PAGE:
Bowman’s average lap speed of 191.261 mph led the way in Wednesday night’s qualifying session as he easily topped his Hendrick teammate William Byron to make his record fourth consecutive front row start in the season opener.
Byron ended up second (190.219 mph), which also locked him into the Sunday’s starting lineup at Daytona International Speedway.
It’s also the seventh consecutive Daytona 500 a team powered by a Hendrick engine started on the pole.
“I mean it doesn’t have a whole lot to do with me, right? It’s a testament to the guys on this team and everybody back at the shop at Hendrick Motorsports,” Bowman said. “They work so hard on these superspeedway cars – they’re beautiful when they get to the race track.
“Our Ally Camaro obviously has been really fast since we unloaded. We focused a lot on trying to win the pole for the 500. It means a lot to us and obviously we were able to achieve that.
“Just really proud of everyone. It feels really good. It’s just awesome to be driving this No. 48 car.”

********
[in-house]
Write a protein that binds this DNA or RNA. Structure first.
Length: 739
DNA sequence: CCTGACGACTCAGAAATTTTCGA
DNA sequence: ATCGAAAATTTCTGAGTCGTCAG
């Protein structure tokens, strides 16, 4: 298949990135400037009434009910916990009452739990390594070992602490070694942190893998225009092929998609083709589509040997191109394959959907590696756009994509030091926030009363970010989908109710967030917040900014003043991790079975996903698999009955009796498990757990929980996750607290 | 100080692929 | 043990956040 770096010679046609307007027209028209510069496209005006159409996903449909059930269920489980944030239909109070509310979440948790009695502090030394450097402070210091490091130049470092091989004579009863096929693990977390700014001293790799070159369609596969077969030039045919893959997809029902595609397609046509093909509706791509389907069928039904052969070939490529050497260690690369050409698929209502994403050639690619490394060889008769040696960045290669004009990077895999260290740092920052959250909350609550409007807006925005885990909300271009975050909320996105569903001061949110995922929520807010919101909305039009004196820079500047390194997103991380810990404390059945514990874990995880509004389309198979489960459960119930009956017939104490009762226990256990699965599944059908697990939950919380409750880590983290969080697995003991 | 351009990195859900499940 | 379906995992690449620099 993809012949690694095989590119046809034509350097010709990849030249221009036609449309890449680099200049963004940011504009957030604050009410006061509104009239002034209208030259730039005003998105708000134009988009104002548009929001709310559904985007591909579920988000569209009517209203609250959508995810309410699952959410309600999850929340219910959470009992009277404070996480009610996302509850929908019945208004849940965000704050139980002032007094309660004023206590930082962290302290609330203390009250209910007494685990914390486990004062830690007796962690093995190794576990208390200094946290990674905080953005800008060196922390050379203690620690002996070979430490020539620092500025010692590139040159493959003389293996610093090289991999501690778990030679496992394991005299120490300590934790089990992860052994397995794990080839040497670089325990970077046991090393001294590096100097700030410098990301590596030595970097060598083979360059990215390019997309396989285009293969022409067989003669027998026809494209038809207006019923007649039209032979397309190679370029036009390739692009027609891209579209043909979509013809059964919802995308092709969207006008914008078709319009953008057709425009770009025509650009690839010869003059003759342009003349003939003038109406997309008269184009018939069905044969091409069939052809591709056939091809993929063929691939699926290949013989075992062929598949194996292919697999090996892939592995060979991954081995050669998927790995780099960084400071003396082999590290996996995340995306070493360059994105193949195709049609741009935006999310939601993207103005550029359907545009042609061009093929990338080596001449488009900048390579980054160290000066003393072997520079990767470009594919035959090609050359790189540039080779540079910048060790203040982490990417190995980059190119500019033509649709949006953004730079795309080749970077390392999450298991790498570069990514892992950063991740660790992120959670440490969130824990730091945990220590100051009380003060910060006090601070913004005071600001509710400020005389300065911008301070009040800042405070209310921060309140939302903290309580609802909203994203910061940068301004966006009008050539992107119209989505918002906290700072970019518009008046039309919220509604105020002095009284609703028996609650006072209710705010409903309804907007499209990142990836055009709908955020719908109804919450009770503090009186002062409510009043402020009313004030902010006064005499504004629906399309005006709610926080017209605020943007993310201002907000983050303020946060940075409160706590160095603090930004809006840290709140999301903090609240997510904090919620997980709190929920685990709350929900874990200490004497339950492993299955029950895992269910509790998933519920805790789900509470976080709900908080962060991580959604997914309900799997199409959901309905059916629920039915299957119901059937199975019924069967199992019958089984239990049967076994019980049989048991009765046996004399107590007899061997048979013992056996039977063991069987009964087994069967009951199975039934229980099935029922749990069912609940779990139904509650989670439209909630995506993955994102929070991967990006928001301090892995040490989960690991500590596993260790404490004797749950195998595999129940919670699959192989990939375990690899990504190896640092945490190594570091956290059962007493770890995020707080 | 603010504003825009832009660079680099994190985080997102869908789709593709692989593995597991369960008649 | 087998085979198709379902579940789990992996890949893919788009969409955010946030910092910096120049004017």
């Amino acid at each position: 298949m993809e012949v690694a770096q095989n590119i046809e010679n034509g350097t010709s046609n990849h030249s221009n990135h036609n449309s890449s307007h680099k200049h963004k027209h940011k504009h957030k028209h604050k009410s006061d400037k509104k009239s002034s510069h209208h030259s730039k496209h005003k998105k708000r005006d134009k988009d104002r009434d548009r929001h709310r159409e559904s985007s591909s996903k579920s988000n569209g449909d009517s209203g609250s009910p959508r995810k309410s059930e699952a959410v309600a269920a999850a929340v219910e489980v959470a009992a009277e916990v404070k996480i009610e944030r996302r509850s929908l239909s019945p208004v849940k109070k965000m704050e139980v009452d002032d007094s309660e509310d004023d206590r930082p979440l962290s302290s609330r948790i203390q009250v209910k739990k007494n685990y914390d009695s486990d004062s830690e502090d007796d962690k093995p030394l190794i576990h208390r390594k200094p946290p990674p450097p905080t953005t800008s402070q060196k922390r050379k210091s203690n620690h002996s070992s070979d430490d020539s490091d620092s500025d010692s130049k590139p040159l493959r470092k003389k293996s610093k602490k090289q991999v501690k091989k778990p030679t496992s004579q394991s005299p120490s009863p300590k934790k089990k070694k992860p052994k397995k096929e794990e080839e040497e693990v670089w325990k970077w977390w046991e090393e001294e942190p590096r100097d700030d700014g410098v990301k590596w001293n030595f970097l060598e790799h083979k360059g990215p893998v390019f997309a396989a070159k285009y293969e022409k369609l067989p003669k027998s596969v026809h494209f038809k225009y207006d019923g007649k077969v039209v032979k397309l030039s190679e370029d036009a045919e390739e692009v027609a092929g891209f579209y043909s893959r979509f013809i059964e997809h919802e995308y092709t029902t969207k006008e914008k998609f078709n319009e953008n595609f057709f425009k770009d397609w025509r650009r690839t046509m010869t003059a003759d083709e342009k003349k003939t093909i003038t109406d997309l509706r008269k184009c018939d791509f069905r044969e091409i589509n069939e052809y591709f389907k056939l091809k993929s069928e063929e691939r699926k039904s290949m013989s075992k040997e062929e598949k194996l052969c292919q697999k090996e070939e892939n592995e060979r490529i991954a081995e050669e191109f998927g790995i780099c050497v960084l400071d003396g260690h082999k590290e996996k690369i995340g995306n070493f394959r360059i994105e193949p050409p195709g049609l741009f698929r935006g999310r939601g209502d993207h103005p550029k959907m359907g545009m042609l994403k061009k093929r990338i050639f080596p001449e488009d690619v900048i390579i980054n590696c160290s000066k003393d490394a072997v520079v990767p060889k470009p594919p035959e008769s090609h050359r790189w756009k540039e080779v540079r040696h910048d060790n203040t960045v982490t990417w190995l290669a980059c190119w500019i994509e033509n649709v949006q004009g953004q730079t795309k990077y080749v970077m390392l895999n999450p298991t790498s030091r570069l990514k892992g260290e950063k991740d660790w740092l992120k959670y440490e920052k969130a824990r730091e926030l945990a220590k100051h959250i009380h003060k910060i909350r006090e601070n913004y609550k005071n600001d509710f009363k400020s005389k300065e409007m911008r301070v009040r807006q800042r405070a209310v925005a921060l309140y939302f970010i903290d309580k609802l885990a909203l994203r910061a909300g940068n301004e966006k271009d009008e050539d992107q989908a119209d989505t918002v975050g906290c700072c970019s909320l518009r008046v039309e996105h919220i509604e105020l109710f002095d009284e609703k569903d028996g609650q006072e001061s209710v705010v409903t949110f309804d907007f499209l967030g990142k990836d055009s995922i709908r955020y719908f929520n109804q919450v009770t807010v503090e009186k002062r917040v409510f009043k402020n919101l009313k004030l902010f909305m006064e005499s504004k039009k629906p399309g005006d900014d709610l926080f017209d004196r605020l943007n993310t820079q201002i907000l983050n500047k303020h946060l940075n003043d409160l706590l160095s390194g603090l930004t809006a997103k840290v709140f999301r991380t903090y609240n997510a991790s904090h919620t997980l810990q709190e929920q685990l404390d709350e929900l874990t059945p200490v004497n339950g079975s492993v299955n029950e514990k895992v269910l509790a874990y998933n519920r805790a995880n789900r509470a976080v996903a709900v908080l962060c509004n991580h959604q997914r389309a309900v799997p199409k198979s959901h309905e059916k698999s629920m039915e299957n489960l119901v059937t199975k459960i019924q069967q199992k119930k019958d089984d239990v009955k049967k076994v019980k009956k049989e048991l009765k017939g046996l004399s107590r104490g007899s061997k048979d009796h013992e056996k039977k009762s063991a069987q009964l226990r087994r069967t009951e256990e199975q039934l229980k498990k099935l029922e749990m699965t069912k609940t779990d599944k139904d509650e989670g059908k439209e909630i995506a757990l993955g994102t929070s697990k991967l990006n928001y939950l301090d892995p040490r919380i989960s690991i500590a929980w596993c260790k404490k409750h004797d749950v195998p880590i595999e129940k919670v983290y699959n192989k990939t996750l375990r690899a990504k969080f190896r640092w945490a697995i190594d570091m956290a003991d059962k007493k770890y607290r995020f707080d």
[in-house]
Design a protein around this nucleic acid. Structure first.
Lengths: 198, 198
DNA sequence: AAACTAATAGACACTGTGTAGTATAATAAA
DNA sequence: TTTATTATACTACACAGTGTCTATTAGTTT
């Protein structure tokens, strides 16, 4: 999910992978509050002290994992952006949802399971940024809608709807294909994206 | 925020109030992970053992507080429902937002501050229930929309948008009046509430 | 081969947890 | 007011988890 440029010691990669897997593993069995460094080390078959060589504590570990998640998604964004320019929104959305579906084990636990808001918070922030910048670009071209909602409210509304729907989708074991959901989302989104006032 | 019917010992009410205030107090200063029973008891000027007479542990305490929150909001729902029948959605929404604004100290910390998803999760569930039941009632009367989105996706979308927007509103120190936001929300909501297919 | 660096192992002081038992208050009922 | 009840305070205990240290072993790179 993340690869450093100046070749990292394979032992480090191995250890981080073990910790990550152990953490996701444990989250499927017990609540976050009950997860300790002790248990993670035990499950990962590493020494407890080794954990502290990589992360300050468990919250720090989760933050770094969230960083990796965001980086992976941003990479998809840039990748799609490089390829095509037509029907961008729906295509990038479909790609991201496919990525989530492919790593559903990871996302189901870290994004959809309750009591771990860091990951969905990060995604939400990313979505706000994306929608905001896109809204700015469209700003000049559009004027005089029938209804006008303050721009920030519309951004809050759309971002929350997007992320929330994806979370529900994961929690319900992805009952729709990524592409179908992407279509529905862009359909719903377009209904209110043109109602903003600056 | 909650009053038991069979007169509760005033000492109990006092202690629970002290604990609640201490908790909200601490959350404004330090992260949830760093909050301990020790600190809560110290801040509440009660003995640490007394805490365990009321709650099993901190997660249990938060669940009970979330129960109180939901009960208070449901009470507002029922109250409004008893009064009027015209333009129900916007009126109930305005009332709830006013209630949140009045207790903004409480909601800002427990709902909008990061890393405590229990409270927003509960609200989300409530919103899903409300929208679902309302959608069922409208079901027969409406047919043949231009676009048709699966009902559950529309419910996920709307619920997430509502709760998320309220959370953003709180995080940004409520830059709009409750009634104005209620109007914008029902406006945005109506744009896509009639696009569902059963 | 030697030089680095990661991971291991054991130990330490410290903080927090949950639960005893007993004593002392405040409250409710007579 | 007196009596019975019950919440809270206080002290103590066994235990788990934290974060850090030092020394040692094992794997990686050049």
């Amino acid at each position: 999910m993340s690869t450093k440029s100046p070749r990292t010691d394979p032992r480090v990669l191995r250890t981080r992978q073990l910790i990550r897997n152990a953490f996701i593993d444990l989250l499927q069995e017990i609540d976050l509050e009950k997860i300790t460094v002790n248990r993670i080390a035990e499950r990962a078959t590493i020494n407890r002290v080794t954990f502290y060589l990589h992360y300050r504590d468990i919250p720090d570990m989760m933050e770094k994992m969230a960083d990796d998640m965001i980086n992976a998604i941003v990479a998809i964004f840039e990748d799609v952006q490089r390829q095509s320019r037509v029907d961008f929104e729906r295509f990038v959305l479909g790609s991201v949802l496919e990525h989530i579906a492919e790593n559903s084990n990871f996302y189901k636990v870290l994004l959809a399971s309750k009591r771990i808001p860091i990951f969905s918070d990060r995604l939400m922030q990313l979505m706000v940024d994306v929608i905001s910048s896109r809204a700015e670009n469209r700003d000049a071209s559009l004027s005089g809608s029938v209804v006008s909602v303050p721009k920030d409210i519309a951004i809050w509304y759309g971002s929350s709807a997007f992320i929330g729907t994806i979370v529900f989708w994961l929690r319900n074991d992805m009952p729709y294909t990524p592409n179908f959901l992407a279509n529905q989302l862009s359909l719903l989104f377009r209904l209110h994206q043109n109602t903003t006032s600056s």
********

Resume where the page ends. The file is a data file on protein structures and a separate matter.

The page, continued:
Aric Almirola (190.178 mph) ended up third and the top Ford, Bubba Wallace was fourth-fastest (189.577 mph) and the top Toyota and Ryan Preece (189.565 mph) ended up fifth.
Rounding out the top 10 were Kevin Harvick, Christopher Bell, Ricky Stenhouse Jr., Austin Dillon and Daniel Suarez.
By posting the fastest speeds among the teams without charters, both David Ragan and Preece are guaranteed a starting position in the Daytona 500.
The remainder of the 500 lineup will be set by the results of Thursday night’s qualifying races.
Noah Gragson, who was attempting to make the Daytona 500 with Beard Motorsports in the No. 62 Chevrolet, was unable to make a qualifying attempt as his car failed inspection three times.
He will have to start from the rear of the field of his qualifying race Thursday night and his performance in that event will be the only way he can make the field of the Daytona 500.
Derrike Cope also failed to make a qualifying attempt as his team needed to change batteries but could not complete it within the five-minute clock.